You Can Make a Bra! Part 1: Materials

I bet there are other people out there just like me, who look at the world of bra-making and think “that looks way too hard for me!” Or maybe you think “Why would I make a bra if I can just buy one? I am here to tell you today that making a bra (or at least a bralette, which is what I will be talking about on here!) IS NOT HARD!!! If you can cut fabric, sew straight and zig-zag stitches, and know how to pin things together… you can sew a bralette!


For this series I made the Maris Bralette by Madelynne Intimates and the Jordy Bralette by Emerald Erin. Both are very beautiful and not hard to make! I ordered kits from their sites, but I want to talk to you today about the kinds of materials you can use for most bralette patterns (such as the Cloth Habit Watson bra, or the Banksia bralette from Muna and Broad).


One of the things I really loved about making these bras was the beautiful materials I was using. When you’re making undergarments you only have to use a small amount of material, so it doesn’t seem so precious. I had to cut out some of my bra pieces multiple times because I did something wrong, but it used so little fabric that It didn’t matter!  So don’t fear! Now lets talk about what to look for when getting your fabrics.

From left to right I have shown here: Spandex Lycra, stretch mesh, Swiss dot mesh, (all found at and then some stretch lace and tulle found at

You can use all sorts of stretch knits, laces and tulles to make bralettes, but refer to your pattern to see what works best. The patterns will usually indicate how much stretch the material needs.

The Maris Bralette needs stretchy fabrics for the entire thing, while the Jordy Bralette did not. Whatever you do, choose ones with good recovery as you want them to be able to stretch and compress, not stretch out after being worn all day! I think a high-quality cotton spandex, or other similar materials could work as well.



Next up is the notions. Elastic is elastic you say? No . . . I promise the finer the quality the nicer your bra looks and feels. Plain ol’ elastic won’t feel soft on your skin. These special ones will be softer and often have one side that is plush. The findings you use can be plastic or metal, and use what you like best!

From left to right we have:


This is the casing that enclosed underwire or boning and provides structure and support.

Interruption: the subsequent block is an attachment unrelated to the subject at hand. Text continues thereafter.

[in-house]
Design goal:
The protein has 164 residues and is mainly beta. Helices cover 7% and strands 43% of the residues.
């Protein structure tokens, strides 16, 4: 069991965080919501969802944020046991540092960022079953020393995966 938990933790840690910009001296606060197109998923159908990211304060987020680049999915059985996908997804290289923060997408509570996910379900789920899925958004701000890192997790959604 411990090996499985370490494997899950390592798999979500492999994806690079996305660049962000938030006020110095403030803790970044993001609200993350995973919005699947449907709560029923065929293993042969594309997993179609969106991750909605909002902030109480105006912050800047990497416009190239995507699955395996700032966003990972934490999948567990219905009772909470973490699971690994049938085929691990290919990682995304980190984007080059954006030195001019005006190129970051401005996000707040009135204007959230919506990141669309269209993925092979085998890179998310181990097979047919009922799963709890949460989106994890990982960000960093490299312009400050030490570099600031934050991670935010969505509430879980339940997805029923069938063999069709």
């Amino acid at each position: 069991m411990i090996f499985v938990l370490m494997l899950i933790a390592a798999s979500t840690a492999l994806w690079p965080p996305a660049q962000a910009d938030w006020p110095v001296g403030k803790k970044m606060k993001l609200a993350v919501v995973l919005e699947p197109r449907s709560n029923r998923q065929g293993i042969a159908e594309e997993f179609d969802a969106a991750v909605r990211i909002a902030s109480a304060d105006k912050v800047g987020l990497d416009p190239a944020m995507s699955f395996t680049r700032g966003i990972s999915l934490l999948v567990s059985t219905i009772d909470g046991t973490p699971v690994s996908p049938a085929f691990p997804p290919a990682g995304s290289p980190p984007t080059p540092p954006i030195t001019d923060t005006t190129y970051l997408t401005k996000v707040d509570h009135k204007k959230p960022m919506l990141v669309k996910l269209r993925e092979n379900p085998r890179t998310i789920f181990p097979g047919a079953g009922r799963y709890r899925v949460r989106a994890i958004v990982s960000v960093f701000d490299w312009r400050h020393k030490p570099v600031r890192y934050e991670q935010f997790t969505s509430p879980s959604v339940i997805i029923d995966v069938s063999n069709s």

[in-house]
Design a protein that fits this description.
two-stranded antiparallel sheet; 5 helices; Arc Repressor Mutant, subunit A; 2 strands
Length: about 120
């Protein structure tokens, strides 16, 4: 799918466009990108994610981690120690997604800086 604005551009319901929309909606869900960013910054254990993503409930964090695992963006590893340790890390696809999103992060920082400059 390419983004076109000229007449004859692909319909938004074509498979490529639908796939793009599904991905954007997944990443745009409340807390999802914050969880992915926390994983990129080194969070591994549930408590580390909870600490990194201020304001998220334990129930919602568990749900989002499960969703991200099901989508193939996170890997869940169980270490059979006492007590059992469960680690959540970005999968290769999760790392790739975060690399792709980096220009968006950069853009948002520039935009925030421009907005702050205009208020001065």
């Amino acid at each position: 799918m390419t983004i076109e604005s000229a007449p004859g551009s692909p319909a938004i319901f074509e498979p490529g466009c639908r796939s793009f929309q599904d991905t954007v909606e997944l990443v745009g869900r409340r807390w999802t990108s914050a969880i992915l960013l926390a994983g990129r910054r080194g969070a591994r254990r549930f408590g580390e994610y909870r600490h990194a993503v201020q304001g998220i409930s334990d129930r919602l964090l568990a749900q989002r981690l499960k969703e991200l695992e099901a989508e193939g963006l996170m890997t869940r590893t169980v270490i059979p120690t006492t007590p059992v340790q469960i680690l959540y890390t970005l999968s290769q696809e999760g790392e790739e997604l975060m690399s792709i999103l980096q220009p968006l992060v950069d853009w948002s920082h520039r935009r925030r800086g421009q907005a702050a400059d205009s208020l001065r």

This isn’t actually bone. It feels similar to zip ties?

Rings and slides

These are for your bra straps!

Wide Elastic for the bottom band

This one is from Madalynne Intimates and its just so pretty with that waffled embossed texture! It can be satin elastic, Picot plush elastic (like the other wide elastic shown), etc. This is where you really don’t want to use standard woven elastic because it just doesn’t look as nice (see photo comparison below!)

Fold Over Elastic (FOE)

This satin-y elastic has a crease down the center so that it can easily fold over the edges of your fabric!

Bra- strap elastic

This elastic is made for bra straps and is thick and doesn’t stretch as much as the others, but has great recovery.

Here is a case for using nicer elastic. Compare the bottom to the top. Which would you rather have pressing up against your skin? And which looks nicer? I didn’t have a choice under the time crunch when I made this bra (I was using what I had on hand), but I will show you below the difference in what the bra looks like using the nicer satin elastic.

I really like the way the bra on the left fits and feels more because of the quality of the elastic!

Here is a close-up of the materials used in the Jordy Bralette. The cups on this bra don’t stretch  as much but the elastic does and its nice and soft!

Sewing Machine Parts

I love the BERNINA Dual-feed feet for knit projects! It helps feed the top and bottom knits at an even rate so you have less rippled and stretched out seams. For these bras I used:


1D Reverse Pattern Foot (Dual Feed)


I used the 0 mm “Straight Stitch” plate for all straight stitches (so the fabric didn’t get pushed down into the hole) and the 5 mm stitch plate for all the zigzag stitches. It might seem finnicky to switch plates, but when you are working with this fine of materials, and stretch materials you really don’t want them being eaten at those first few stitches! The 0 mm plate really makes it smooth-sailing!

Here is another great article on why to use different stitch plates!

I look forward to showing you the next segment of this series: TIPS AND TRICKS FOR SEWING BRALETTES! Gather your materials, get your pattern, and then join me next time to get that pattern cut out and sewn!

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